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Three Years of Leadership: Reflections and Lessons Learned

Three Years of Leadership: Reflections and Lessons Learned

Three years ago this week, I embarked on a new journey with Inspiring Leaders as the Managing Director, a position I assumed after serving as the Deputy CEO at Discovery Trust since 2017. As I reflect on this period, I am filled with gratitude and a sense of accomplishment. However, I also recognise the invaluable lessons I’ve learned and areas where I can continue to develop.

Crafting a Vision

One of the most significant challenges in leadership, particularly when transforming an established organisation, is creating a compelling vision. This can take longer than you might think and I have had to balance my personal vision and the vision of those who govern our partnership in achieving this.

Creating a vision extends beyond mere foresight; it involves inspiring others to embrace this version of the future and accompany you on the journey. Steve Radcliffe’s leadership framework, encapsulated as ‘Future, Engage, Deliver,’ has been my beacon for developing this vision and has aided me in reflecting on how those around me are engaged in my envisaged future. Maintaining a long-term vision for our work, especially amidst uncertainty and complexity, is a continuous challenge. However, now that we have defined our vision, mission, and values for the partnership, I am fully committed to making this a reality.

Setting the Right Pace and Acknowledging Inevitable Mistakes

As someone who thrives on new ideas and the potential of projects, I’ve always been quick to act. However, my tenure at Inspiring Leaders has underscored the importance of pacing. Striking the right balance—aligned with the organisation’s needs and the capacity of the people I work with—is crucial. The insights from the Education Endowment Foundation on implementing change have been invaluable. At times, excelling in a few areas is preferable to attempting too much with less success.

Moreover, I acknowledge the mistakes I’ve made along the way. There have been a few missteps, and I realise that my actions have occasionally had a negative impact on others. There have been instances when I didn’t meet my own high standards, but I’ve always acted with integrity and authenticity, even in challenging times.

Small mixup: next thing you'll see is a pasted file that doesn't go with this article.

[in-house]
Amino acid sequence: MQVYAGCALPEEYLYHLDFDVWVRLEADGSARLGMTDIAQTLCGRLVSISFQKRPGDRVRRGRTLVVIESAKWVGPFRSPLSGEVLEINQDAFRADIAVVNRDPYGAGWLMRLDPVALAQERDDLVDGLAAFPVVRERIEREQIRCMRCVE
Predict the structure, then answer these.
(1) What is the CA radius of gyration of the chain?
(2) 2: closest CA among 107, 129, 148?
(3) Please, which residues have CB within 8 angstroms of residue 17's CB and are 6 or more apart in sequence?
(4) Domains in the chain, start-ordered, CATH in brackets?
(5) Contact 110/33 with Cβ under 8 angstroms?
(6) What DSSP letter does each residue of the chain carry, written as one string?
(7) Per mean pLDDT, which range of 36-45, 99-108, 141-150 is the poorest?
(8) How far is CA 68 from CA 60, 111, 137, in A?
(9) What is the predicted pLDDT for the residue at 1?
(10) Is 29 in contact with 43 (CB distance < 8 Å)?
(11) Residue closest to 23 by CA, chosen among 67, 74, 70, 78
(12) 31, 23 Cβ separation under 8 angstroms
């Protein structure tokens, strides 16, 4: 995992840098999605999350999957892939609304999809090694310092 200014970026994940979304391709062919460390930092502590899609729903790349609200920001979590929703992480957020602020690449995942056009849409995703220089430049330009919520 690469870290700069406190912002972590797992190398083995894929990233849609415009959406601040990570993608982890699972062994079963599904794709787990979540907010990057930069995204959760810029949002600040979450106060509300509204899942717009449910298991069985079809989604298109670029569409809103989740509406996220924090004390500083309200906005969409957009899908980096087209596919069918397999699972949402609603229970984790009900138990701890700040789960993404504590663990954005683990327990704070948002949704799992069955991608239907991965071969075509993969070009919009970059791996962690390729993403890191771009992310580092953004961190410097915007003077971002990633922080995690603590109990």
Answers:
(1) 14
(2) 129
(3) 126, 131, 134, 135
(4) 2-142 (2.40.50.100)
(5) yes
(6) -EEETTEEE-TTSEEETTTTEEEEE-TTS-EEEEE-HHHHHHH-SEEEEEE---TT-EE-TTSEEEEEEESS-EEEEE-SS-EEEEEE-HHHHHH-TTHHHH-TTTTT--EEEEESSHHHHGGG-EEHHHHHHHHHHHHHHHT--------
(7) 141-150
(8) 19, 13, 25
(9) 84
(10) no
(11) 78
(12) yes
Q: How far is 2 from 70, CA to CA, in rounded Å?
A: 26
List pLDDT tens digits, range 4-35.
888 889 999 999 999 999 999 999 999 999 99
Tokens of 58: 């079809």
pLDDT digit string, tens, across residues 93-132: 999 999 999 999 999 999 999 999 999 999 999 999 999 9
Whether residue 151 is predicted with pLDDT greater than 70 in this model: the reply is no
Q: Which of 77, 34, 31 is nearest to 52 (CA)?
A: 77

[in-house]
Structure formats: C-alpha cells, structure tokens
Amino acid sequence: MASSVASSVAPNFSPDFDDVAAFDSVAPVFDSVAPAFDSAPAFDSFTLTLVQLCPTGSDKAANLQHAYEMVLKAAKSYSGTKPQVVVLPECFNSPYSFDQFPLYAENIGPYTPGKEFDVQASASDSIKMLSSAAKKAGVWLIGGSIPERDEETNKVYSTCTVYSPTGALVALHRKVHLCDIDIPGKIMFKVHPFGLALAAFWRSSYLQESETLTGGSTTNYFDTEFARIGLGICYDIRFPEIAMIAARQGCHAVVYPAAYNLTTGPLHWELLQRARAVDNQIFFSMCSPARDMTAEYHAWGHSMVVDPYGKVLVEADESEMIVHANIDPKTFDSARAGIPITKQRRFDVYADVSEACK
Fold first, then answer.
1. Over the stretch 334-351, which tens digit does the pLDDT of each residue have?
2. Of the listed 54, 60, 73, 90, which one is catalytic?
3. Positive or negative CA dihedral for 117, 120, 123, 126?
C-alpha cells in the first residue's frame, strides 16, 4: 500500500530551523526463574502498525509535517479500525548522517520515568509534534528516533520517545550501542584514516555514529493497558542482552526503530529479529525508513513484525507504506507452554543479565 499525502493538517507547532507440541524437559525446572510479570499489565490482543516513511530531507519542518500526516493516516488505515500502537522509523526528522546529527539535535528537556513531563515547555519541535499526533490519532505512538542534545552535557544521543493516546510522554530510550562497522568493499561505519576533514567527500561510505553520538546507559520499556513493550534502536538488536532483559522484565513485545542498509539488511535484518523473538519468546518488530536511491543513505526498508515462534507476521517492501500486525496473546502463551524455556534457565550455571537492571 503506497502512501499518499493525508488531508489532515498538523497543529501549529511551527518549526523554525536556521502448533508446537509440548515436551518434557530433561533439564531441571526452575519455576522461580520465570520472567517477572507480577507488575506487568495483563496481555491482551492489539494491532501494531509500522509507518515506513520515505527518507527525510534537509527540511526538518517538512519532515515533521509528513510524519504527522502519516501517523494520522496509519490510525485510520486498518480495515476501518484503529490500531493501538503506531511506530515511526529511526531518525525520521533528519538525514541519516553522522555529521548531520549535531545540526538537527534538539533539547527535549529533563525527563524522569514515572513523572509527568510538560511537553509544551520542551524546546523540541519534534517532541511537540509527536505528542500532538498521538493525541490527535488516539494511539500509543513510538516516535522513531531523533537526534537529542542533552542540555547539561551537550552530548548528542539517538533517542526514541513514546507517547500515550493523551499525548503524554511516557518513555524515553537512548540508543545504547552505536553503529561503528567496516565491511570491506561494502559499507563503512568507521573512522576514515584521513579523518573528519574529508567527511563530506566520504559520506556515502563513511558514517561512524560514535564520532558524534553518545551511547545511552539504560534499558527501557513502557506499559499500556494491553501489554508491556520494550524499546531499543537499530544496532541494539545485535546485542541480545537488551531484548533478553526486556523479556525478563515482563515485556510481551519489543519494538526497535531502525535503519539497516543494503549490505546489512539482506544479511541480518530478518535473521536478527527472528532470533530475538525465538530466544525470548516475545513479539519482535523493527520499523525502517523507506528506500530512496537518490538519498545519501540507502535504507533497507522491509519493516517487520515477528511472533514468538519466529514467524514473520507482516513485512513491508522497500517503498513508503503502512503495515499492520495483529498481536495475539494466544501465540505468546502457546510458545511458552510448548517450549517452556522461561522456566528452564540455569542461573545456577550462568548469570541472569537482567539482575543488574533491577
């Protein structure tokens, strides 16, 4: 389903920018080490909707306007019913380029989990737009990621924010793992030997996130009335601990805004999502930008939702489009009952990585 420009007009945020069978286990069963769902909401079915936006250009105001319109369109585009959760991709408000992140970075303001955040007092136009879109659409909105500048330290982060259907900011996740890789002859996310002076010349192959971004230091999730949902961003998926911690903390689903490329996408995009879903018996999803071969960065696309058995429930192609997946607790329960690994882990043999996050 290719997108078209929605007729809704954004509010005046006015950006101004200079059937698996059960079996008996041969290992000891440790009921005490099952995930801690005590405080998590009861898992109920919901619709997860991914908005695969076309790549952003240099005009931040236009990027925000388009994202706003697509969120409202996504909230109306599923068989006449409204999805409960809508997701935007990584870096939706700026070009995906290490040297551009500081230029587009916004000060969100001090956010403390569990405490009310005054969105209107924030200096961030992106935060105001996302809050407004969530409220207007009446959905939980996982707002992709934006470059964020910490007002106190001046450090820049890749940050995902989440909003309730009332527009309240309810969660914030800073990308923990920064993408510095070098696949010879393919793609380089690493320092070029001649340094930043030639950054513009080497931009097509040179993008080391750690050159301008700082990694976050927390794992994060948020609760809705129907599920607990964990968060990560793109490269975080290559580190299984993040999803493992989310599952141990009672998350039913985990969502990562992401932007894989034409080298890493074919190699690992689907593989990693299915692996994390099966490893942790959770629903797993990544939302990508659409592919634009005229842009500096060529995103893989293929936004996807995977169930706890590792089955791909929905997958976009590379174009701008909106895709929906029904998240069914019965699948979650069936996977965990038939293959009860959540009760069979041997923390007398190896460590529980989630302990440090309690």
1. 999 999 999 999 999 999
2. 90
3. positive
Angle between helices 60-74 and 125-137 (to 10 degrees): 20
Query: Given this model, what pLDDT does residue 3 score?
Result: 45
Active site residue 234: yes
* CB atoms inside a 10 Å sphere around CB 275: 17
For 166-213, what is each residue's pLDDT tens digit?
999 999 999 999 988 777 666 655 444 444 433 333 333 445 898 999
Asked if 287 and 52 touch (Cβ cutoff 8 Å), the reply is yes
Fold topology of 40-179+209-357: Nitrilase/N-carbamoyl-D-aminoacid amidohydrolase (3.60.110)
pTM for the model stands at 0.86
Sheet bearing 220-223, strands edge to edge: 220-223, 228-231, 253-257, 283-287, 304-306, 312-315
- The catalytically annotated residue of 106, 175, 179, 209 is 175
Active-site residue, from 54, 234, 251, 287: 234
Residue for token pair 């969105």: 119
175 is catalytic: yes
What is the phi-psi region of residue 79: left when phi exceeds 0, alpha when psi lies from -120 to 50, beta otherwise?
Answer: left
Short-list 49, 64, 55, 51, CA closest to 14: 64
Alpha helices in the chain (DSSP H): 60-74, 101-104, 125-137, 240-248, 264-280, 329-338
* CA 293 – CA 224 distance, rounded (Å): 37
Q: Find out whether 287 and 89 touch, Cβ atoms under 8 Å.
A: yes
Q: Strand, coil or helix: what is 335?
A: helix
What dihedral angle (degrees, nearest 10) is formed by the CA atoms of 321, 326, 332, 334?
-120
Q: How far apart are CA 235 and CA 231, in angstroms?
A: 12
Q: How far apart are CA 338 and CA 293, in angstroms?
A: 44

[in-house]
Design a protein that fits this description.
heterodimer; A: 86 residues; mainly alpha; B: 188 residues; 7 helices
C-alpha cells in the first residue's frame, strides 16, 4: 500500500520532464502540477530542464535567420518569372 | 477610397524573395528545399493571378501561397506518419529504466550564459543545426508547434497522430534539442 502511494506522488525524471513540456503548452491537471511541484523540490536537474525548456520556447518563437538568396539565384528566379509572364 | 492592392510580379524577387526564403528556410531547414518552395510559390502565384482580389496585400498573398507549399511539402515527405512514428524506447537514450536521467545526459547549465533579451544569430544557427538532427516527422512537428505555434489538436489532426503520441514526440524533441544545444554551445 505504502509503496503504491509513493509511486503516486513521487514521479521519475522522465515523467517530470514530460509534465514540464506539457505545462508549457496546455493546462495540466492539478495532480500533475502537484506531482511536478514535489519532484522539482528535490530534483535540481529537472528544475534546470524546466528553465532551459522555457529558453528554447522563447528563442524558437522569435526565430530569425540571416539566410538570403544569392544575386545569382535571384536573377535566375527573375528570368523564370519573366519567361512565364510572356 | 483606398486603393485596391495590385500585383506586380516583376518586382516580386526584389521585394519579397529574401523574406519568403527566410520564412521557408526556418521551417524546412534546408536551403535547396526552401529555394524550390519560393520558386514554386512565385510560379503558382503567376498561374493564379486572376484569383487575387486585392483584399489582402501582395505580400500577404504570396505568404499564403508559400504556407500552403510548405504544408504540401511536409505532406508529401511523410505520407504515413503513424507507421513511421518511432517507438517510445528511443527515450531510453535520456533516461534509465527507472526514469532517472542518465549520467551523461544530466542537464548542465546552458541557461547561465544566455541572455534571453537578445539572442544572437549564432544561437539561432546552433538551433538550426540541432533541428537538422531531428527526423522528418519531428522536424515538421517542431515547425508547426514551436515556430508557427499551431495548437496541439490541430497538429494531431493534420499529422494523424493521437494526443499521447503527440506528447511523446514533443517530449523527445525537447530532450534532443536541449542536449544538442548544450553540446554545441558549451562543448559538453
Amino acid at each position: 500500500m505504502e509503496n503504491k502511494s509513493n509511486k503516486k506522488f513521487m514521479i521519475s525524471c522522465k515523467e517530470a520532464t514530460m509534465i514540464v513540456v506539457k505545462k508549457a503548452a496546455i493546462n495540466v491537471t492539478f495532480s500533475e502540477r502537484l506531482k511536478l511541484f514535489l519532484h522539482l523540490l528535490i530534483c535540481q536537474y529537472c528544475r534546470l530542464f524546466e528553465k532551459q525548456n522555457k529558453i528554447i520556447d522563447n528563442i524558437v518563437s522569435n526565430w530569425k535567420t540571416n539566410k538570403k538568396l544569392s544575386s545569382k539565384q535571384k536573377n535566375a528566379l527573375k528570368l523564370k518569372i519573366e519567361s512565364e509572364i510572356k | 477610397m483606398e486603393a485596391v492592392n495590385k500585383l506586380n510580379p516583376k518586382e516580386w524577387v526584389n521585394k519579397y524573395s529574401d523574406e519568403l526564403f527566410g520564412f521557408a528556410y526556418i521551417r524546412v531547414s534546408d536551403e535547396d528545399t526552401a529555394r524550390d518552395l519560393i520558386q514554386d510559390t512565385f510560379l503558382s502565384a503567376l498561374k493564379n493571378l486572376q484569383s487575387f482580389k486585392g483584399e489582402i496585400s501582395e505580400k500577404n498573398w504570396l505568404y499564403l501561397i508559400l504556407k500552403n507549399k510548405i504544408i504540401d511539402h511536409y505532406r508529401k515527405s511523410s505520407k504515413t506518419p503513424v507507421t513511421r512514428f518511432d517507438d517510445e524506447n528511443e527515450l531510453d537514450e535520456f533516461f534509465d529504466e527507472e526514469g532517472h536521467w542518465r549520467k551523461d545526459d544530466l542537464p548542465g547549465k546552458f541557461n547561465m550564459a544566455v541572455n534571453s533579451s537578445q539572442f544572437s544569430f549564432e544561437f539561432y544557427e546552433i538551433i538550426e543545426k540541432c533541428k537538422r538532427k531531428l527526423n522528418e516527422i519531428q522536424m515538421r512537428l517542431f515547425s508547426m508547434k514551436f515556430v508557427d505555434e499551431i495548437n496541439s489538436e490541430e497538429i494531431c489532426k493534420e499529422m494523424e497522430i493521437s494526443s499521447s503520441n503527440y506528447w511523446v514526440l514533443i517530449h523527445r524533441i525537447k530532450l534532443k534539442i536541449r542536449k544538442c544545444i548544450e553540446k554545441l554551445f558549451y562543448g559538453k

Believing in Myself and Embracing Continuous Learning

Every leader, myself included, experiences impostor syndrome. Over the past three years, I’ve occasionally questioned my ability to lead Inspiring Leaders. Thankfully, my colleagues and the partnership’s Trustees have provided unwavering support. Healthy self-doubt leads to introspection: Am I the right person for the task?

I’ve learned that leading change doesn’t always mean being the sole executor, which has been invaluable over the past three years.

I am passionate about lifelong learning. Six months ago, I embarked on an MBA programme, supported by my team and Trustees. This programme not only enhances my leadership skills and knowledge but also exemplifies the importance of professional development to those I work with.

Growth Takes Time, But It’s Worth It

For the past two years, we’ve nurtured a new partnership of Multi-Academy Trusts (MATs) in the region. Helen Keller’s words—“Alone we can do so little; together we can do so much”—resonate deeply within me.

As someone who has led within a MAT and collaborates daily with MAT leaders, I understand the challenges of working in isolation. Deep partnerships among colleagues in similar roles bring significant benefits and impact to leaders and their organisations. Our partnership is driven by this ethos, enabling MATs to achieve more collectively. As it grows, so does our potential for positive change.

However, persuading others to embrace this way of thinking and working remains a challenge, which is understandable given that MATs have long operated in a competitive environment. Nevertheless, I take immense pride in our commitment to regional partnership working and am extremely proud to say we now work with 20 fantastic MATs every day. For me, our partnership is not just about organisational benefits; it’s about doing right with our limited public resources and best serving our main stakeholders—the students in our schools.

As I reflect on my journey, I want to express my deepest gratitude to my colleagues, trustees, partners, stakeholders, and family. Their unwavering support has shaped the leader I am today—a work in progress. Here’s to many more years of leadership!

If you are a MAT leader who wants to know more about how our partnership operates and the impact it can bring about for your organisation, please reach out or find out more by visiting

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